Each chapter of Haskell’s book begins with a simple observation, one that we might not consider to carry much weight: “a slug meanders by," for example. Haskell masterfully uses his observations as a window into broader topics in biology and ecology. For example, what role do slugs play in the larger forest community? How do they facilitate decomposition and what would happen if that slug disappeared from the ecosystem? If we take a page from Haskell’s book, perhaps we, too, can open that window, and what better time to observe nature closely then when the plant and animal kingdoms are waking up with the arrival of spring?
Historic naturalists would spend hours outside with a notebook and a pencil, simply observing and writing. In fact, their published scientific papers would be pages and pages of those notes, often presented as a stream of consciousness. The scientific community has gotten away from that method in favor of a much more standardized approach (the famed scientific method), but those initial observations are the foundation of all science. Your child may be inspired to sit outside and write down everything they see in a notebook like the early naturalists!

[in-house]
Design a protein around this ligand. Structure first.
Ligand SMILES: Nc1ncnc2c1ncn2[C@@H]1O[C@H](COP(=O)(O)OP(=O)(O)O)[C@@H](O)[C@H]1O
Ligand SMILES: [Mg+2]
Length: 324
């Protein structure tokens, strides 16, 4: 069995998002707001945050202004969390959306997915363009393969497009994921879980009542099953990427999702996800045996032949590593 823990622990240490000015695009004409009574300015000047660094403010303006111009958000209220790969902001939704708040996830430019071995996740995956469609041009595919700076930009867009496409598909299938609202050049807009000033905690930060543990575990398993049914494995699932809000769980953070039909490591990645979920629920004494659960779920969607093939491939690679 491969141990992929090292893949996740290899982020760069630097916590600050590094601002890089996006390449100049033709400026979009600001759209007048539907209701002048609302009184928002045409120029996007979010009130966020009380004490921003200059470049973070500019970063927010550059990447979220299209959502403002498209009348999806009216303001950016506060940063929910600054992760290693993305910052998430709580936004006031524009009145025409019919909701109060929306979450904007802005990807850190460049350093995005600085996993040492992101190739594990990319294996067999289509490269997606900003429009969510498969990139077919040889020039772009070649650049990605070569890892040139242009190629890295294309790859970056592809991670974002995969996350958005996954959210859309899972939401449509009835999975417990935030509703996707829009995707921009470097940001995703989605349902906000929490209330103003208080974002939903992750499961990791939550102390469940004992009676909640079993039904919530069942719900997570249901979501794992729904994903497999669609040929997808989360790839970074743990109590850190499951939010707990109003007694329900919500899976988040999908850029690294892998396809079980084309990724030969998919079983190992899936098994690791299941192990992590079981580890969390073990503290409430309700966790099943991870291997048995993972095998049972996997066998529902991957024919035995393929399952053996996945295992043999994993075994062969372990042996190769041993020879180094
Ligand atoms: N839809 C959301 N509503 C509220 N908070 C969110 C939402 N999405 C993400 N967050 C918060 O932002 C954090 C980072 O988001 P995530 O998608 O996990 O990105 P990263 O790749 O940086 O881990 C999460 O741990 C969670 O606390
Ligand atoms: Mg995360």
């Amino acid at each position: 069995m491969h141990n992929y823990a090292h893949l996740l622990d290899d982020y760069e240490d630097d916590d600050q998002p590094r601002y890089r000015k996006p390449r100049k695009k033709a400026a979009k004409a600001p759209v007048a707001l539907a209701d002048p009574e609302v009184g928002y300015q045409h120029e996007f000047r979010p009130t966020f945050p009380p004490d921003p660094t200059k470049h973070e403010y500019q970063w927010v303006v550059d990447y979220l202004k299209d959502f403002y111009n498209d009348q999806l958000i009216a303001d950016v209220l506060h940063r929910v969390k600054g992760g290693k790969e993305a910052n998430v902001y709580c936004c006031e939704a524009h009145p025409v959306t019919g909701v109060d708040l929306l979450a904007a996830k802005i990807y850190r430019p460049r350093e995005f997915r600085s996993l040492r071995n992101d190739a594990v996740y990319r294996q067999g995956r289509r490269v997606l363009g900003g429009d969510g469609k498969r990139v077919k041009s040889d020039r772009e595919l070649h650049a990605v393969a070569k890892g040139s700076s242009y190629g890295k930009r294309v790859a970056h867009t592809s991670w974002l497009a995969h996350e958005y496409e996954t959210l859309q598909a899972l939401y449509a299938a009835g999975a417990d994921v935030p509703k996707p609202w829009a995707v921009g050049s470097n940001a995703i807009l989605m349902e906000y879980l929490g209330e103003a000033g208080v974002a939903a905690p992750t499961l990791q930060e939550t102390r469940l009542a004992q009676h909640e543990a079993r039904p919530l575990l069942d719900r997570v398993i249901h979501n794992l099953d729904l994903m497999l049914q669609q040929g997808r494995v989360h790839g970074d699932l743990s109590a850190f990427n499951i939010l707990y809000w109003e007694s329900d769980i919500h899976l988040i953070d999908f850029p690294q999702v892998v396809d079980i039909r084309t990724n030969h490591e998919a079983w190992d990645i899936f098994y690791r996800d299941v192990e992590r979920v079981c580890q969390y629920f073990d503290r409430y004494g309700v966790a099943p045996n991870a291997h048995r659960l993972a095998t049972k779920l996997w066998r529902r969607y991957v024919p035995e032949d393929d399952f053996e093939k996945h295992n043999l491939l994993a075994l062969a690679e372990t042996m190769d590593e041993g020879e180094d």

As many scientists across space and time have noted, often the things that are inconspicuous in nature are the ones making the most impact on the ecosystem. Haskell certainly championed the less charismatic organisms on the forest floor. So today, I’d like to explore organisms that are very often overlooked: lichens, fungi, and mosses.
Lichens are models of true partnership in nature. Although they present as one, unified entity, lichens are actually composed of two different organisms living in the same house, so to speak. And here is the most fascinating part: they are technically neither plant nor animal as a result. One part algae, one part fungus, lichens are systems of cooperating organisms and therefore excellent examples of symbiosis in nature.
Each part of the lichen depends on the other for survival. The fungal component, or mycobiont, cannot make its own food. Instead, its purpose is to determine the form or structure of the lichen. The algal component, or photobiont, captures energy from the sun and turns it into food for both itself and the fungus in a process called photosynthesis.